This section is fascinating because it draws its ideas from Genesis 1 & 2. In fact, all these analogies are taken from the creation narrative. “The creator God made the heavens and the earth, and filled both with his creatures. The creator made every kind of bird, animal and fish; Paul brings them, too, into his argument in verses 39 & 40. He created plants bearing fruit containing seeds, so that more plants could be produced.

What is going on here? Why is Paul using these analogies identical to the first creation in the beginning of the world? Could it be that he is thinking of a new creation here? Can this be the re-creation of humankind through the life-giving activity of Jesus Christ? This is not an accidental parallel. “This is indeed a deliberate and careful theology of a new Genesis, of creation renewed.”

If you understand this point, you will understand Paul’s entire argument in this section; this is thesis: “In the future resurrection at the end of history, our bodies will be radically transformed, but yet there is an organic continuity with the mortal body that preceded it.” God is not going to dispose of our physical bodies, to create a new one. He is going to take this body and transform it. Instead of having a perishable and sinful body, we will have imperishable and sinless bodies. But also our resurrected bodies are in continuity with this body. From the seed, comes the plant. Though the seed dies, it leaves an imprint on the plant. There is discontinuity and continuity between our present and future bodies.

In verse 41, Paul deal with this idea of the glory of the sun, and another glory of the moon, and another glory of the stars; for star differs from star in glory.

Paul is very skilled in the culture of his day. Some in his day believed that the “soul would return to the stars after death.” So, Paul talks about the glory of the stars, moon, and the sun. But understand that this glory means reputation, honor, and proper dignity. He is saying that all these possess a certain reputation for its purpose: the twinkling of the stars, the splendid moon, the brightness of the sun, so too, the body has its own glory, its own reputation. Paul will elaborate on this in the next few verses, but for our purposes today, know that Paul is directly attacking a form of Platonism or Dualism common in the mind of certain Corinthians. What did they believe? They were eager “to escape the prison-house of the body.” The body was something we had to deal with, while on earth. But Paul says the opposite. He says that the “problem was not the body itself, but sin and death, which had taken residence in it, producing corruption, dishonor, and weakness. For Paul, as N.T Wright says: “Being human is good; being an embodied human is good; what is bad is being a rebellious human, a decaying human, a human dishonored through bodily sin and bodily death.” Paul understood that to live in sin is to dishonor the glory of what your body was made for. This is why the disposing of an unborn child is murder. This is why adultery is blasphemous in the sight of God. This is why sex outside of marriage—its intended purpose—is blasphemous in the sight of God. Paul is always debunking the myth of the insignificance of the body. He knows that the future resurrection is an embodied resurrection. To quote New Testament theologian, Richard Hays: “Paul is seeking to make the resurrection of the dead appealing rather than appalling to the Corinthians.” It seems he has succeeded.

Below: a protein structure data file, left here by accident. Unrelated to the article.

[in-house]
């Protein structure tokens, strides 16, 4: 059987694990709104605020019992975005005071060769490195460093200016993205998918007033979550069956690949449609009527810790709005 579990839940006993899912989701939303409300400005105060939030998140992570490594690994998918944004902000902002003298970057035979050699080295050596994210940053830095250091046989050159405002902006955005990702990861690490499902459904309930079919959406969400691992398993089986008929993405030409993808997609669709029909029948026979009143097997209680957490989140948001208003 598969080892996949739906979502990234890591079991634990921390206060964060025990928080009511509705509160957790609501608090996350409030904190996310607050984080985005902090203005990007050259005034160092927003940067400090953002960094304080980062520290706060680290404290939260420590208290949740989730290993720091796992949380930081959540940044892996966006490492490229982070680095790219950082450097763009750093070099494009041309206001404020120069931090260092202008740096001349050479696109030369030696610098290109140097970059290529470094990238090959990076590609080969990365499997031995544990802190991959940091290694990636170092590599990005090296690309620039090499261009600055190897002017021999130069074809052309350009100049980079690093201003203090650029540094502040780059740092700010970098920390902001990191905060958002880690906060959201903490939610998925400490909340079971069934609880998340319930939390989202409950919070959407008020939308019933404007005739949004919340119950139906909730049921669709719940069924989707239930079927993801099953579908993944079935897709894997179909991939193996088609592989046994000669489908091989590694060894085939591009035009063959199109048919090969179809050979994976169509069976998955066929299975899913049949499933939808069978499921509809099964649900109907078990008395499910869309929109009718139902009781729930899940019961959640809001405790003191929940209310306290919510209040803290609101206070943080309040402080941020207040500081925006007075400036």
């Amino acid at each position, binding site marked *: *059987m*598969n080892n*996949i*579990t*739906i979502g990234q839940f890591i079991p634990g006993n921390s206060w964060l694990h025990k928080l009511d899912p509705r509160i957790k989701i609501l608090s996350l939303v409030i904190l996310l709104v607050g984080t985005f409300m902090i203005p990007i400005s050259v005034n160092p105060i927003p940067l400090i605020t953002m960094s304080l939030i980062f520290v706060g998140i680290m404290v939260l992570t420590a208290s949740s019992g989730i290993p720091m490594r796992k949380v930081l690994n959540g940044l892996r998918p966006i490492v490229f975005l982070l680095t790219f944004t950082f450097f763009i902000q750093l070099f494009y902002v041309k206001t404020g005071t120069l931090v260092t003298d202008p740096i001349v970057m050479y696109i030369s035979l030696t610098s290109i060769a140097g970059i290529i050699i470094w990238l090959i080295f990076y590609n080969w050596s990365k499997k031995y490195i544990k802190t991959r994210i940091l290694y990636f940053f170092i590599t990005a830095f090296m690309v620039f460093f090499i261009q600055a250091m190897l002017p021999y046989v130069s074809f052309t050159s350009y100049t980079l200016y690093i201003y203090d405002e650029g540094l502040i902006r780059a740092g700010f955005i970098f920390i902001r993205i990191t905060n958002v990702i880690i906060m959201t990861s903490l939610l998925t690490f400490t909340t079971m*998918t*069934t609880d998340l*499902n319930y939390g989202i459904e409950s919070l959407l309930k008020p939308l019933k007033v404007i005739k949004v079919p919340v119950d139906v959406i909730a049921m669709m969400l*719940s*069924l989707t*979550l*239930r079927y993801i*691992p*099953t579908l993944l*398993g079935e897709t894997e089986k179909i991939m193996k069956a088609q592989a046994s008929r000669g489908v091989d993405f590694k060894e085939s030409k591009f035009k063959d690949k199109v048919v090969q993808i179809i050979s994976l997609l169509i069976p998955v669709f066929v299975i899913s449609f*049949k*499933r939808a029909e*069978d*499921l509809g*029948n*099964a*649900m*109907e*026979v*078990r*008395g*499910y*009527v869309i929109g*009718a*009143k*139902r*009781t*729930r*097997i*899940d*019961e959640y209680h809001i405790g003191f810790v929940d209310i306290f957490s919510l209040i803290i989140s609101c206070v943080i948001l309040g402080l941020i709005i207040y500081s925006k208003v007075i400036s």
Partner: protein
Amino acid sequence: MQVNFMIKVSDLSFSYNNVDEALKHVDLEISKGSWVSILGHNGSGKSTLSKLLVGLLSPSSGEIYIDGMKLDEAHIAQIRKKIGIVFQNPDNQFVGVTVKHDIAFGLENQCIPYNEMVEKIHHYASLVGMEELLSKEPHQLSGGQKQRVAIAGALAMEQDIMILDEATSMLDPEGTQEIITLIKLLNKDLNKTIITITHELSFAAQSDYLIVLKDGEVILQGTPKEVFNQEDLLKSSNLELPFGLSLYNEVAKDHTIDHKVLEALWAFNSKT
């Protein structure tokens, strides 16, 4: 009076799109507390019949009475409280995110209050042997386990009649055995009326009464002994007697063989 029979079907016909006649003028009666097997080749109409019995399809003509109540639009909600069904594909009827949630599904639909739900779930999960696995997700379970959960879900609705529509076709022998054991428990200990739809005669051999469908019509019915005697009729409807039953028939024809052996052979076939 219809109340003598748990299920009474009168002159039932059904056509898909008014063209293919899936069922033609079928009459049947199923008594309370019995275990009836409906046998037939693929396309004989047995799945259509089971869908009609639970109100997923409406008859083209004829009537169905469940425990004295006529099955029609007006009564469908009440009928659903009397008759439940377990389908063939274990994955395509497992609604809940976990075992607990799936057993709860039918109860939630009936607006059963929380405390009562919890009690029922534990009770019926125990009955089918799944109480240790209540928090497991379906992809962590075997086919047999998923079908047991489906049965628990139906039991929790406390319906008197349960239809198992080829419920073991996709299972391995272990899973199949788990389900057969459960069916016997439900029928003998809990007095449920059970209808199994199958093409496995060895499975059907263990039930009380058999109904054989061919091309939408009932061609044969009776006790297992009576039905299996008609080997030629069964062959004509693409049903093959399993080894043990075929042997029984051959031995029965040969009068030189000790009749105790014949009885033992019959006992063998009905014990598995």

How Now Shall We Then Live?

In discussing Paul’s point, I mentioned that we sometimes can act like atheists when we believe that God is not in this transformational business. We are all tempted to give lip-service to the Sovereignty of God. God places us in situation in life where our faith is tested. “Is this sovereignty theology just another nice bumper sticker?” Or do we act upon it? When you lose a job? When that promotion did not come? When the physical pain is unbearable? When you long to get married, but somehow that chosen king or queen has not yet arrived? Do you really believe God can do all these things? The Corinthians had a difficult believing that God could take a mere body, and make it a glorified imperishable body from it. This is just an example of how we sometimes not only doubt God’s power in the small things, but also in the big things as well.

There is also a common Pauline principle here. What you sow, that shall you reap. If you sow immorality, you will reap disaster. The body is to be sown in purity, and bathed in godly desires. Do not allow any other standard, but the Bible shape your view of the body. Treat it well. Care for it. Do not be given over to gluttony or laziness. Young men, especially, need to avoid the prevailing sluggishness in our culture. As we have been learning in Sunday School: “Men are to be preparing to leave; to abandon their parent’s castle, and to form a new one of their own.” You cannot do this without preparing ahead; without training and discipline. This is the responsibility of living a resurrected life.
Do not be foolish as those Paul exhorts, but trust in the power of God to raise dead bodies and transform them, and trust that His promises are Yes and Amen, and Amen.

In The Name of God the Father, and God the Son, and God the Holy Spirit.


About Uri Brito

I am the Pastor of Providence Church (CREC) in Pensacola, Fl.
This entry was posted in I Corinthians, Resurrection and tagged , , . Bookmark the permalink.